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Year : 2018  |  Volume : 17  |  Issue : 3  |  Page : 178-181

The association of human immunodeficiency virus and skeletal metastases in breast cancer using Tc-99m methyl diphosphonate bone scan

1 Department of Nuclear Medicine, Imaging and Therapy Centre, Durban, KwaZulu-Natal; Department of Nuclear Medicine, University of Limpopo, Polokwane, South Africa
2 Division of Nuclear Medicine, Tygerberg Hospital, Stellenbosch University, Stellenbosch, South Africa

Correspondence Address:
Masha Maharaj
Suite 5 Medigate Medical Centre, Medigate Road, Umhlanga 4001
South Africa
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DOI: 10.4103/wjnm.WJNM_58_17

PMID: 30034282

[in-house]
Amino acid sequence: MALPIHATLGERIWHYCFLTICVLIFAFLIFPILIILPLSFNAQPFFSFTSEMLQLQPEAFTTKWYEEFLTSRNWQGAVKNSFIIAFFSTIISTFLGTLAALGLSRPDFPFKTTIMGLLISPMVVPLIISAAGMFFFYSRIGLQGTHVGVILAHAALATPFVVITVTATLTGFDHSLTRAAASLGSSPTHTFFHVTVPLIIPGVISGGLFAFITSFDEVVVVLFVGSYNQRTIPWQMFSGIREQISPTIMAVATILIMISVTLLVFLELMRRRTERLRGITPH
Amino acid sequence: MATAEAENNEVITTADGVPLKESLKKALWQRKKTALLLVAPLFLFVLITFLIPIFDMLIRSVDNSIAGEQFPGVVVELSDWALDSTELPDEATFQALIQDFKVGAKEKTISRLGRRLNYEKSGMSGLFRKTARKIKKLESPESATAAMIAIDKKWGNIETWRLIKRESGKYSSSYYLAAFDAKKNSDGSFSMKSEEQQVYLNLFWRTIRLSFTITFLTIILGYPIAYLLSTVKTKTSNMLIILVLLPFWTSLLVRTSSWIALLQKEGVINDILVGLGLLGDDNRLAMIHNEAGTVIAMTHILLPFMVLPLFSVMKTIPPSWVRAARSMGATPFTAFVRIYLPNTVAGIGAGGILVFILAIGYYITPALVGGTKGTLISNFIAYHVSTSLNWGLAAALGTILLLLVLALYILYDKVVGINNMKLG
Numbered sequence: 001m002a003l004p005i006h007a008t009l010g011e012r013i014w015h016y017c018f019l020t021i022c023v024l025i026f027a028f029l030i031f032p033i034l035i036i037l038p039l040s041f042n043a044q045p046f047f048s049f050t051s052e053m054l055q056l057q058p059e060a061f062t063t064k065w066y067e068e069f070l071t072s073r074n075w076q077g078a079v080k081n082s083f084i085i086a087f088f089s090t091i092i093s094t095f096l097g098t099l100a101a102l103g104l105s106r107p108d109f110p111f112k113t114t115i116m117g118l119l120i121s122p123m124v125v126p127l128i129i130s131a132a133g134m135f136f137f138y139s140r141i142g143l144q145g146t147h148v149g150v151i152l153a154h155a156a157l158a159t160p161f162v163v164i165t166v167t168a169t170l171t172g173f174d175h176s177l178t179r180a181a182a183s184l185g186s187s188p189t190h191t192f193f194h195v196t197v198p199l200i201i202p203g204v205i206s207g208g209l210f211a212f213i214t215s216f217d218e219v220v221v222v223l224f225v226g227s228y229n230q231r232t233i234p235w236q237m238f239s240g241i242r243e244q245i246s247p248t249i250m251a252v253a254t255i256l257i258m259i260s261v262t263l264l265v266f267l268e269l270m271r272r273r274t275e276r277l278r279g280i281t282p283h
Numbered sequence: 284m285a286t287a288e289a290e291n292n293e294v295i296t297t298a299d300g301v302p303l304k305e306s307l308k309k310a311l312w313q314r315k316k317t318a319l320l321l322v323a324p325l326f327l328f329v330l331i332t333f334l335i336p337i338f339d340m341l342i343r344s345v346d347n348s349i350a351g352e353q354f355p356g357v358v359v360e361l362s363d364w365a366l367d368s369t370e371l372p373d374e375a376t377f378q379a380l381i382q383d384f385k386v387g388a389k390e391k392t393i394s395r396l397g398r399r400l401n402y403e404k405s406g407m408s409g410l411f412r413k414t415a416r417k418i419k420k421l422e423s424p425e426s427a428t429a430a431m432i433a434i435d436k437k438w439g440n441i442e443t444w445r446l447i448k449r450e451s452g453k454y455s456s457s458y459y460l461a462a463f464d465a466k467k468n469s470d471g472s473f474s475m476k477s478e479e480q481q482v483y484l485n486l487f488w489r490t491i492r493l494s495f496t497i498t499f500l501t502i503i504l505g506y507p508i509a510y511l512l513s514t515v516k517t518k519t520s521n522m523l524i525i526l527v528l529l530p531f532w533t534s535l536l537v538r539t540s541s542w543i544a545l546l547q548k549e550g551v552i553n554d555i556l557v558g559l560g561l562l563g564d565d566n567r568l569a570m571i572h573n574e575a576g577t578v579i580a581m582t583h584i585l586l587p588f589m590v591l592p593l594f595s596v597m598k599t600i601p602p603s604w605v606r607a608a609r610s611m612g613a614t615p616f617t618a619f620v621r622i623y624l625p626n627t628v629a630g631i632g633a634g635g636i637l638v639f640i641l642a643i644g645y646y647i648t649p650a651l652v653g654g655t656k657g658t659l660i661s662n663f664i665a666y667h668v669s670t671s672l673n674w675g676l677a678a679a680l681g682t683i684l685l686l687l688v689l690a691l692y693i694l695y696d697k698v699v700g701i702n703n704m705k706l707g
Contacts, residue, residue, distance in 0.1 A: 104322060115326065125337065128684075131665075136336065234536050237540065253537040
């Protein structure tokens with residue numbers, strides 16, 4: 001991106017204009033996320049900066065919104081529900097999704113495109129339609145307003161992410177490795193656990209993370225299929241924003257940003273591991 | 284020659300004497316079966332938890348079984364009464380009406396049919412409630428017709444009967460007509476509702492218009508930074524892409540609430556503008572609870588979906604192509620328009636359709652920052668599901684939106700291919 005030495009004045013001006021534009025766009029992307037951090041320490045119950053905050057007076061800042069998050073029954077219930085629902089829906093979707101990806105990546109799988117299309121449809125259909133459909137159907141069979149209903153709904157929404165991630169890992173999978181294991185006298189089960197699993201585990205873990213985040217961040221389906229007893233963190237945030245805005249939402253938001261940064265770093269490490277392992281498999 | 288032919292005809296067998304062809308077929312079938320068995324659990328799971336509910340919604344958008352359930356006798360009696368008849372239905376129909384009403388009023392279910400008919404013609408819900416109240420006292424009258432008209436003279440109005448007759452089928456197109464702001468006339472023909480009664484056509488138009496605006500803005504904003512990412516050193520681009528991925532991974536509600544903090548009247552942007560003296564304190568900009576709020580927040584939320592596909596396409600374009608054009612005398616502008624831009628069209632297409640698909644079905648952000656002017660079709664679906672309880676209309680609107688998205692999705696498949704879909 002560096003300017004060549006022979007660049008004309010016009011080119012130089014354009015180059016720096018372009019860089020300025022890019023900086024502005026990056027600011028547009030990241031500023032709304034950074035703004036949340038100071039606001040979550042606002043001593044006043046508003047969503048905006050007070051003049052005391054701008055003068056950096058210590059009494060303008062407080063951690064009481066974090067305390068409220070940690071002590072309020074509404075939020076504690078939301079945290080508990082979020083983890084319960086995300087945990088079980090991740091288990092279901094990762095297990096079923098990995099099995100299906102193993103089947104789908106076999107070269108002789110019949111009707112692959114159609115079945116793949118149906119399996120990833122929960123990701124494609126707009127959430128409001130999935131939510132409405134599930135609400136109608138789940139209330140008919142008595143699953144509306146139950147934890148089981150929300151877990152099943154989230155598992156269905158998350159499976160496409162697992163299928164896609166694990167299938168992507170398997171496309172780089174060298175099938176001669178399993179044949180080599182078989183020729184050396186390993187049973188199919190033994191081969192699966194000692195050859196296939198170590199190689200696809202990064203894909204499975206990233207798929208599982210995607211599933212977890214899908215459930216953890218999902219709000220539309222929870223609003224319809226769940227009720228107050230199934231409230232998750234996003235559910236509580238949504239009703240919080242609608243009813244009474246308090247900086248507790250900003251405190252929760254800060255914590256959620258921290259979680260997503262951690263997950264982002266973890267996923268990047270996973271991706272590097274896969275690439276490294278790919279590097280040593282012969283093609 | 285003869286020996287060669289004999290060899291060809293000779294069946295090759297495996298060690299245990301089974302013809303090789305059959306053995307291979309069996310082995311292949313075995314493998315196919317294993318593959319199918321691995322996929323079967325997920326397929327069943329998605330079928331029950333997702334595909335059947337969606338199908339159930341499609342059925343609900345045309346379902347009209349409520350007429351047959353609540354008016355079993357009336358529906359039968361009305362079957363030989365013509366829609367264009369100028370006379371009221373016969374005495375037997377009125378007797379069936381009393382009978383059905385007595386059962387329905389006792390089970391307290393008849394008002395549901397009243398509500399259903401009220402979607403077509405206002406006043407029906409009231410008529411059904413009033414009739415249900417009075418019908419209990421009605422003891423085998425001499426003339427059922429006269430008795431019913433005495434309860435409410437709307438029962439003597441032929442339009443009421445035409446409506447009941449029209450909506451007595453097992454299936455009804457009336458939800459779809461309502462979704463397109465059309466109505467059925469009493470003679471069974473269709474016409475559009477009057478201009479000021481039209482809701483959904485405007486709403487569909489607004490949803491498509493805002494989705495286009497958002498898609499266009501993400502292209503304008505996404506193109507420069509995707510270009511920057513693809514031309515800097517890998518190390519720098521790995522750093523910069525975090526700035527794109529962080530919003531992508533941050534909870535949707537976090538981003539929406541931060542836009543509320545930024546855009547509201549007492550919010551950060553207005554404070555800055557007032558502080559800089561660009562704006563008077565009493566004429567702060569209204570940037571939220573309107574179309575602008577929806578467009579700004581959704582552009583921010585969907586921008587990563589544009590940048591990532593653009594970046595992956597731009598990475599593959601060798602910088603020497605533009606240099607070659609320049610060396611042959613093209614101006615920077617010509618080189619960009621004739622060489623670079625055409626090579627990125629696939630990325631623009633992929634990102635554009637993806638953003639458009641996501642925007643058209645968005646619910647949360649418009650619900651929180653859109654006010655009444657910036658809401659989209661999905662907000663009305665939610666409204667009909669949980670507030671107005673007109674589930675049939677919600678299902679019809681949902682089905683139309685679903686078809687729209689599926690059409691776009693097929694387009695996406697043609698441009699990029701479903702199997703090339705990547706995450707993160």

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Skeletal involvement occurs in 30%–70% of all cancer patients, with breast cancer (BC) being the leading cause for bone metastases in women and prostate cancer in men followed by lung cancer. Human immunodeficiency virus (HIV) is a lentivirus (a member of the retrovirus family) that causes acquired immunodeficiency syndrome. It is yet unknown what is the impact of HIV to the onset and progression of bone disease in BC. The purpose of the study was to determine the association of HIV infection and skeletal metastases in BC using skeletal scintigraphy. A retrospective analysis of 25 female BC patients' bone scans was performed. The 25 bone scans of 12 patients known HIV positive and 13 patients who were known HIV negative, of similar age and histology, were compared. All 13 HIV negative patients had a positive bone scan. Of the 12 HIV-positive patients, 4 patients on highly active antiretroviral therapy (HAART) had positive bone scans for skeletal metastases. The remaining eight HIV-positive patients had negative bone scans, of which six were on HAART and two were not on HAART. In our study, HIV infection was not found to be a contributing risk factor for skeletal metastases. From our small series, it appears that HIV patients and on HAART have a delay in the onset of skeletal metastases in BC.

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